[Python-3000] Support for PEP 3131

Guillaume Proux gproux+py3000 at gmail.com
Mon May 14 03:09:29 CEST 2007


> > Interestingly, this is *not* a well known fact. I have asked 2
> > friend-of-mine seasoned Java programmers and they were *amazed* that
> > this is supported.
> Well, maybe we should add it to Python as a secret feature. :-) :-) :-)

But they also said that:
1) they wish they would have known earlier...
2) would start using this immediatly for their own small projects

> >  see e.g. http://lists.xml.org/archives/xml-dev/200107/msg00254.html
> I imagine the situation there is sufficiently different though; XML is
> data, not code.

I wish you had enough time to read some of the posts linked from the
above URL. In particular, you can see the viewpoint of some Japanese
people on the ability for them to describe data structures (which is
really a programming concept) in their own words.

> I realize you've added a smiley, but please, don't propose new
> features for a release that's already been released. The release
> managers will put you in jail and not let you out until 4.0 has been
> released. :-)

eheheheh :)

> Because most people still use systems that have very inadequate tools
> for handling non-ASCII text, especially non-Latin-1 text. For example,
> at work I use Ubuntu, a modern Linux distribution actively supported
> by a company headquartered in South-Africa. Their main market lies
> outside Europe and North America. And yet, there is no standard way to
> enter non-ASCII characters as basic as c-cedilla or u-umlaut; the main

I also use Ubuntu at home.
Regarding your issue: hum? you can change keyboard layout (I even
think it does affect the current input system immediatly). Also there
is a number of tools like gucharmap
(http://gucharmap.sourceforge.net/shots/shot-003.png) that enables you
to copy paste rare characters.

> tools I use (Emacs, Firefox and bash running in a terminal emulator)
> all have different input methods, different ideas of the default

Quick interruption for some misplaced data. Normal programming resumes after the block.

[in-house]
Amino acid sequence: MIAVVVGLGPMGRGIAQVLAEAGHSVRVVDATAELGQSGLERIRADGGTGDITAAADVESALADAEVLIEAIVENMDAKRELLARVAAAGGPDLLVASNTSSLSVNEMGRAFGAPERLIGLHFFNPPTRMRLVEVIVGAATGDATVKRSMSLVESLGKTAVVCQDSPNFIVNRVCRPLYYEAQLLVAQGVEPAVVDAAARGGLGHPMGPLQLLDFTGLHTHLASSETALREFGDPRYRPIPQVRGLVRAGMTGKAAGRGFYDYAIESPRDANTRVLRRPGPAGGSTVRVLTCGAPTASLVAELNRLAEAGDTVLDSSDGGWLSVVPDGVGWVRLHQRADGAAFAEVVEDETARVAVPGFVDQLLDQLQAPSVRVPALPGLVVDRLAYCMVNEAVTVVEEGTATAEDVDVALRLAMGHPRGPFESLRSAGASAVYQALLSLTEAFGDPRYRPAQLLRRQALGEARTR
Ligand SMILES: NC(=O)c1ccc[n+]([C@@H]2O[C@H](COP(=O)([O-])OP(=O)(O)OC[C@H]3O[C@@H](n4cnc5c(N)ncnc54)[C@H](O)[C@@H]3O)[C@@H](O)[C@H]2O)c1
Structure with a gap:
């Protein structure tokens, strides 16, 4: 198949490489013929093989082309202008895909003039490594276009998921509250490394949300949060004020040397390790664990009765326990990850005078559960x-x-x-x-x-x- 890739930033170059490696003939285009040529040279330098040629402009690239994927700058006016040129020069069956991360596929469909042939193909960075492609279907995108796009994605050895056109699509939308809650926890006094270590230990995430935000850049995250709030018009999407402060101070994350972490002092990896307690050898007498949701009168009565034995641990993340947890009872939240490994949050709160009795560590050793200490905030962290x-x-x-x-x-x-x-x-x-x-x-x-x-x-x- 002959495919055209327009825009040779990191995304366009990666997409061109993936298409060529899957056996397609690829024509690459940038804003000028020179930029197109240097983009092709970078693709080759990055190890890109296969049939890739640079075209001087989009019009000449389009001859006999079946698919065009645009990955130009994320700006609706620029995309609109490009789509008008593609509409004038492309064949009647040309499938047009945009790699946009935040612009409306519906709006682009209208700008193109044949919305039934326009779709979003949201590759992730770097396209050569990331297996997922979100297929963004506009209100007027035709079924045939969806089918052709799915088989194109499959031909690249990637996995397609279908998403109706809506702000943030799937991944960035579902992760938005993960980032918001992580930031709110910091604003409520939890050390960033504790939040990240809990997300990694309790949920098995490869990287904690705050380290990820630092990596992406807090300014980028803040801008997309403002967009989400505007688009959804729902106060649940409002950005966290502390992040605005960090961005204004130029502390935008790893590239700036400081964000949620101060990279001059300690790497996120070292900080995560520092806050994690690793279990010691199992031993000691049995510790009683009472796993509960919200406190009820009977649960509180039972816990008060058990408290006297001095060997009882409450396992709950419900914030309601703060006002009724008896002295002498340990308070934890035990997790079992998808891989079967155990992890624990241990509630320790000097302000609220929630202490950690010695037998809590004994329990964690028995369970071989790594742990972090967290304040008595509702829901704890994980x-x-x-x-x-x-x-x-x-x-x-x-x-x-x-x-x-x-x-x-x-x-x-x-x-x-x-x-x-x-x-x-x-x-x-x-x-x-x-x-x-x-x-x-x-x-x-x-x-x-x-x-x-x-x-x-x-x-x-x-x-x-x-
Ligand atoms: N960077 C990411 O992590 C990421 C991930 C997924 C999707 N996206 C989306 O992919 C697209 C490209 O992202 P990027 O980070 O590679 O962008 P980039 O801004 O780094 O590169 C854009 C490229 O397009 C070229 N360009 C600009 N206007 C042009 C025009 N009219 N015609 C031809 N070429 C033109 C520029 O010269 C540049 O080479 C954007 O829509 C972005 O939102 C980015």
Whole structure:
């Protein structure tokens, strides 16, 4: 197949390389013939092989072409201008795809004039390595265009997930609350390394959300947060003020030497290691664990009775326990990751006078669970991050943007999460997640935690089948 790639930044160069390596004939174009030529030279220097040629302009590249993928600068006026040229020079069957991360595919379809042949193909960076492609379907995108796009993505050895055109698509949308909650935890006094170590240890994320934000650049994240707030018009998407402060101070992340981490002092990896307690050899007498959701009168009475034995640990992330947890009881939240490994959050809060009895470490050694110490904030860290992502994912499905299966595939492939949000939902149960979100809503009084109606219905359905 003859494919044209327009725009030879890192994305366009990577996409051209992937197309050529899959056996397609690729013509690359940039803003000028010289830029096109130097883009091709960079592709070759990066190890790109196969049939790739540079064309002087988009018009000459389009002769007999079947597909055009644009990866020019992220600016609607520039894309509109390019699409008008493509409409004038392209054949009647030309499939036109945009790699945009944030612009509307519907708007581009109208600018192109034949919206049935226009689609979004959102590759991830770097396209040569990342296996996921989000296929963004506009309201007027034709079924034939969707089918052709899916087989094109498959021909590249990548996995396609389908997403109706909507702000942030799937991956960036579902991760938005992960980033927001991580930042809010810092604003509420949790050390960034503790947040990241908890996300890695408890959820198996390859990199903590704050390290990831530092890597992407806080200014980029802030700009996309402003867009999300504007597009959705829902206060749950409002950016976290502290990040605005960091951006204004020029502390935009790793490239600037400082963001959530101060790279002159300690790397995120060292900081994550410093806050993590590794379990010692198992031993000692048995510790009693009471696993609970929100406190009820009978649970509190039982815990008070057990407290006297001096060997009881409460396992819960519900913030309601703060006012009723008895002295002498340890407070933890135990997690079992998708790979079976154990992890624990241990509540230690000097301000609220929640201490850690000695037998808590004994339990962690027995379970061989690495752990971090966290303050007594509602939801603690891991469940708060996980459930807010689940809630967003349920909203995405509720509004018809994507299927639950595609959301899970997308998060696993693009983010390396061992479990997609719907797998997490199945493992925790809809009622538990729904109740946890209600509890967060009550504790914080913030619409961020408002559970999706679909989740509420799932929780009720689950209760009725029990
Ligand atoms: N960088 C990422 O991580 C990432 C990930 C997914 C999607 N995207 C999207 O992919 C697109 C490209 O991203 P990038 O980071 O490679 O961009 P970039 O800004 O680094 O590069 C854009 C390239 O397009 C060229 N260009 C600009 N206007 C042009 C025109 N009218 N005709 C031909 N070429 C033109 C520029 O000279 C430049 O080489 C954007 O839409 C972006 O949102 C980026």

> character encoding, and so on. It's a crapshoot whether
> copy-and-pasting even the simplest non-ASCII text (like the name of
> PEP 3131's author :-) between any two of these will work.

Ubuntu Feisty (and I think Edgy too) default on UTF8 everywhere and I
have never had any issue using French, Japanese and English anywhere.
Windows came to this maturity point about 5-6 years ago.

> I see program code as a tool for communication between people. Note
> how you & I are using English in this thread even though it is not the
> mother tongue for either of us. So we use English, since we can both
> read and write it reasonably well. This is the *only* way that
> programmers raised in different countries can exchange code at all.

I *totally* agree with you, you sometimes need to go down to the
lowest common denominator (with tongue in cheek)... But I still do not
understand that you are not happy to see people become more productive
with Python when there is no need of international exchange: the small
(or large) internal application,  the throw-away script, the ability
to extend C programs with a scripting language that is respectful of
the native language of the (mostly-non programmer) user etc...

> gets 1000x better, but we're not there yet -- try translate.google.com
> if you don't believe me.)

I hope you get bonus points at work for mentioning this one. Believe
it or not, translate.google.com is my friend!

> You're stretching my words there. The issue if translation hadn't

Clearly you could not think of this issue, but I am not stretching
your word. I was just reusing some of the *strong* points you made why
you thought Python was such a great invention of yours (and don't get
me wrong, we all love it!). I was just applying those great points to
this new issue which I believe fully deserve more attention.

> crossed my mind when I wrote that (over 10 years ago) and the tools
> *really* weren't ready then. And regarding readability, if all the

The tools are ready now. We live in a mostly fully unicode world now,
and we just agreed in another PEP that the default source encoding of
files will be UTF8...

> programmers in the world agreed to use broken English, the readability
> of their code to each other would be much better dan als we allemaal
> in onze eigen taal schreven.

The funny thing is that I can read this sentence very well: my life
was spent surrounded by latin characters. I can even probably
understand it as I can speak some German too.
allesmaal -> Jedesmal -> always
onze -> eine -> its
eigen -> eigen -> own
taal ->  sprache -> language
schreven -> schreiben -> write

My cultural background can help me decipher VERY QUICKLY what you
wrote. But think of the 7 years old Japanese child. They are not
taught latin characters really before they will seriously learn
English... but this is the year I started programming (by copying
french listing of programs for Thomson TO7-70 computers... oh my



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